Nonetheless, increasing the number and military potential of the weapons available heightens the danger of more intense fighting and a higher number of casualties if the war should heat up again at a later date.

Vyacheslav Sutyrin, Senior Associate Fellow at the State Academic University for the Humanities (Russian Academy of Sciences)

The fact that the U.S. House of Representatives approved this bill on Sept. 21 is more proof of U.S. support for Ukraine against the growing understanding that the Minsk Agreements do not work. However, this decision alone does not guarantee the supply of lethal weapons to Ukraine. It does not have a binding effect and in the end, the U.S. president will make the final decision.

Besides, the wording used in the Act, especially when it talks about the supply of the lethal weapons, is quite vague. The notion of “lethal defensive weapons,” which sparked much of the discussion, is used only in the General Statements of Policy section. Moreover, this Act does not propose any additional funding, saying “no additional funds are authorized.”

Also read: "The West ignores the Ukraine crisis at its own peril"

This is why, this bill is more likely to be some act of deterrence or containment. In addition, it is an attempt to prove that Kiev is not responsible for the failure of the Minsk Agreements. At the same time, U.S. Vice President Joseph Biden recently warned that Europe might make Kiev responsible for the collapse of the agreements.

We also should not expect weapon deliveries to start any time soon. Firstly, it is a strategic pause now because of the U.S. presidential elections, the outcome of which is hard to foresee. Secondly, supplying lethal weapons even defensive ones to Ukraine might spoil the U.S. image and can further legitimize Moscow’s support for the self-proclaimed republics of Donetsk and Lugansk.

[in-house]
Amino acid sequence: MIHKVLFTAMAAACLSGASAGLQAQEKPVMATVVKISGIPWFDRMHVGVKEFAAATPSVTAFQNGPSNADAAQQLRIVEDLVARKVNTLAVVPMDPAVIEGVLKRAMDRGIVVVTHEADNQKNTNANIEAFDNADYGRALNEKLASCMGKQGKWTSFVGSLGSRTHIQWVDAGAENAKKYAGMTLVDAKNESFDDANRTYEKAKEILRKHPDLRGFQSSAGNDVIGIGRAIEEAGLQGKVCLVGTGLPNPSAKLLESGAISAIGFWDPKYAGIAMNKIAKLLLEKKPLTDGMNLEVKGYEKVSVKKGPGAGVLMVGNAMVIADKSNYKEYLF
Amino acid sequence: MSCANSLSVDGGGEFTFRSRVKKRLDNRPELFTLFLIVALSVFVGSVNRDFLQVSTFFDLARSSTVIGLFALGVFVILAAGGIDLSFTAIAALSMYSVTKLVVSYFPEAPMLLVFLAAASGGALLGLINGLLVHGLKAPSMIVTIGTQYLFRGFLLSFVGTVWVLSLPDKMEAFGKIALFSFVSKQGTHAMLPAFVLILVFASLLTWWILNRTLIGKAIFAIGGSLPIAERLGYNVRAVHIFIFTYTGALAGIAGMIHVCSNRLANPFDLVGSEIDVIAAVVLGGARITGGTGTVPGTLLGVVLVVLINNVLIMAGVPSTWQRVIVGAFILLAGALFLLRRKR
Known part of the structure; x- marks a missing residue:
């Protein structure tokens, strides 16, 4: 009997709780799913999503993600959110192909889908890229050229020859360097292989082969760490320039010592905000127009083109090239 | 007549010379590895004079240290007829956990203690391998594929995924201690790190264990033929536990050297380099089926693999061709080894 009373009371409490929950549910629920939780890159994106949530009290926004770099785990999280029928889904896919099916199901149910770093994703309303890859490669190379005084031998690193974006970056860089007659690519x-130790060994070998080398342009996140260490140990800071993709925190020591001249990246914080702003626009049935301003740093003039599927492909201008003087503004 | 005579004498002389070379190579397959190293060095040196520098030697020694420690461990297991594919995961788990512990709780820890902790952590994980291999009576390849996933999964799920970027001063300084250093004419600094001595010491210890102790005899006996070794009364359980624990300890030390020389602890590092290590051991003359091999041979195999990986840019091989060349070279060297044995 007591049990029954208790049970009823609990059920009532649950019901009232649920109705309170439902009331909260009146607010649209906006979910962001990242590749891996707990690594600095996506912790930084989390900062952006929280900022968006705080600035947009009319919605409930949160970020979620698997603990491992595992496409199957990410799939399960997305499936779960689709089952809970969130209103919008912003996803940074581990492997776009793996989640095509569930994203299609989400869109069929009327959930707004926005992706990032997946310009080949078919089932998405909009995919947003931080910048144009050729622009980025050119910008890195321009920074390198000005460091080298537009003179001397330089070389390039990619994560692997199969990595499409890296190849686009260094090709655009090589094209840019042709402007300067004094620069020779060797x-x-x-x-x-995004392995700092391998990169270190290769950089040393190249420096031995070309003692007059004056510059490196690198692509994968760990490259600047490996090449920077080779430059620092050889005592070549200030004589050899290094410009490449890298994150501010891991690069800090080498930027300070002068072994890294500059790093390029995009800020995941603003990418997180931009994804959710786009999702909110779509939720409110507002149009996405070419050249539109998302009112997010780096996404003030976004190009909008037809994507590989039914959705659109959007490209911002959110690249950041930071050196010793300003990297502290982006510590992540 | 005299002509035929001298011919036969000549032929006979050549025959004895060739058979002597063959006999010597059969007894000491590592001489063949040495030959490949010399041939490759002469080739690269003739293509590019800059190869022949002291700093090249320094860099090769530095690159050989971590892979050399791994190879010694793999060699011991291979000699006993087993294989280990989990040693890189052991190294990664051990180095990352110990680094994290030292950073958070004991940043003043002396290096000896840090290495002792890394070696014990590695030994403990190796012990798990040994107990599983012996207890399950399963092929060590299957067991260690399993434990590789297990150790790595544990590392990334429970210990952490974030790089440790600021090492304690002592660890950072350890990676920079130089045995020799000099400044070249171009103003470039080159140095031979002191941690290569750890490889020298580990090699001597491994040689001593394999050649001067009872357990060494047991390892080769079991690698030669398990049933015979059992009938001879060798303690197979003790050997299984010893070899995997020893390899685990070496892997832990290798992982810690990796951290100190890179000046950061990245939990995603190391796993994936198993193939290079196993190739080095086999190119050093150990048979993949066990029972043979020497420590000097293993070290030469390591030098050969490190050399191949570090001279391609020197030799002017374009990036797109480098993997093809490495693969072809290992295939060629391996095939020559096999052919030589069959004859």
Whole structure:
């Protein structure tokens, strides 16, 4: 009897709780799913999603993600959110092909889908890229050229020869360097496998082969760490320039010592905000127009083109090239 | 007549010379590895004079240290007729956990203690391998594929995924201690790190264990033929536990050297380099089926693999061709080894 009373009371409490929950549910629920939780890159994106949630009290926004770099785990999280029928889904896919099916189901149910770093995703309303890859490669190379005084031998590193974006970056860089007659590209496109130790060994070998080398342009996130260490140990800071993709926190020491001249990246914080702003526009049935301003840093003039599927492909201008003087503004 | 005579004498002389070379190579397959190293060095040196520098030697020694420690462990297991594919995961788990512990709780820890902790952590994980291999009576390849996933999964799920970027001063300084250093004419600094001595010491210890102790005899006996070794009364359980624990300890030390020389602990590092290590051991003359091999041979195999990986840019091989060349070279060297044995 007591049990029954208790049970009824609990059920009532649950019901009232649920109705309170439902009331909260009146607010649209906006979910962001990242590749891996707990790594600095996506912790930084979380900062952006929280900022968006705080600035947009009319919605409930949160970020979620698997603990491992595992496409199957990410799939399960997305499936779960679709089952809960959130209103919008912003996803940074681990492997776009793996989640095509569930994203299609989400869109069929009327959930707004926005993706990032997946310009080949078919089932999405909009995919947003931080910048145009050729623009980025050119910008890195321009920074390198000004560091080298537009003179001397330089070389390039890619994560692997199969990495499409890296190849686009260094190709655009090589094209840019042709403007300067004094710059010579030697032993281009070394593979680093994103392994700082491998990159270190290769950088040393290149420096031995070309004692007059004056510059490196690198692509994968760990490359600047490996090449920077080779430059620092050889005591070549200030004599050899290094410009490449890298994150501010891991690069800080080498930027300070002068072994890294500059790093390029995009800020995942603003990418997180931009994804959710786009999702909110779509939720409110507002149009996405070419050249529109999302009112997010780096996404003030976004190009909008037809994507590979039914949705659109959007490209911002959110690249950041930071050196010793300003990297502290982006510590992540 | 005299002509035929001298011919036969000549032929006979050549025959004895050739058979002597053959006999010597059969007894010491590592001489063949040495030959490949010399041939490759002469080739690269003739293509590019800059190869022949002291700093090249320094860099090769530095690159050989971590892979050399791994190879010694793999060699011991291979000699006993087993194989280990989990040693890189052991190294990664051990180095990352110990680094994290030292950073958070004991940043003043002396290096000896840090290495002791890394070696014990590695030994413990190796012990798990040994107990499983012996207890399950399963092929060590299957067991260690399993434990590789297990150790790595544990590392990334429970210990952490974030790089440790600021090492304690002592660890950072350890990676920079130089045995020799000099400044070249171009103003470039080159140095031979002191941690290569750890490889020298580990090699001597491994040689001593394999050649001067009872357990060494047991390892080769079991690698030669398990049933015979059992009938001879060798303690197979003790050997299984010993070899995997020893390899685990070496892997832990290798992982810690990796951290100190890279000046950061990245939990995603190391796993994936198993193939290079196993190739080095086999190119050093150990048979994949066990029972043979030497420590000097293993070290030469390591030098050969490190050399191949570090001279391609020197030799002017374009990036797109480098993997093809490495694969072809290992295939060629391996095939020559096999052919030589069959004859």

As for the Russian response, there is nothing yet to respond to, as there were no real steps made by the U.S.

Stefan Meister, Head of the Program for Eastern Europe, Russia and Central Asia, Robert Bosch Center for Central and Eastern Europe, Russia, and Central Asia, German Council on Foreign Relations

I think that such decision of the U.S. House of Representatives shows that the U.S. Congress has its own time schedule, and this schedule is not always linked with the president’s policy. The U.S. congressmen use the period before the elections a time when Obama decides almost nothing and try to bring their interests through and push the topic.

However, there will be no support by the U.S. president, who is not interested in the supply of lethal weapons. The U.S. Senate might be more inclined to support the House of Representatives’ decision, but I am not sure. Everything depends on the new U.S. president with regard to this issue. Before this person is in position, nothing will change fundamentally.

In terms of possible consequences if the bill ultimately receives the approval of the Senate, I think it will have just a limited impact, because only the new U.S. president might change the situation fundamentally. I think the latest MH17 report and the proof that Russia was involved for downing Flight MH17 might play a more important role in escalating the situation. But I don't see at the moment any interest on any side to escalate the conflict.

As for Russia, I don't think Moscow wants to escalate the situation, because it is in a wait-and-see mode. That means I expect a strong statement, but no fundamental change.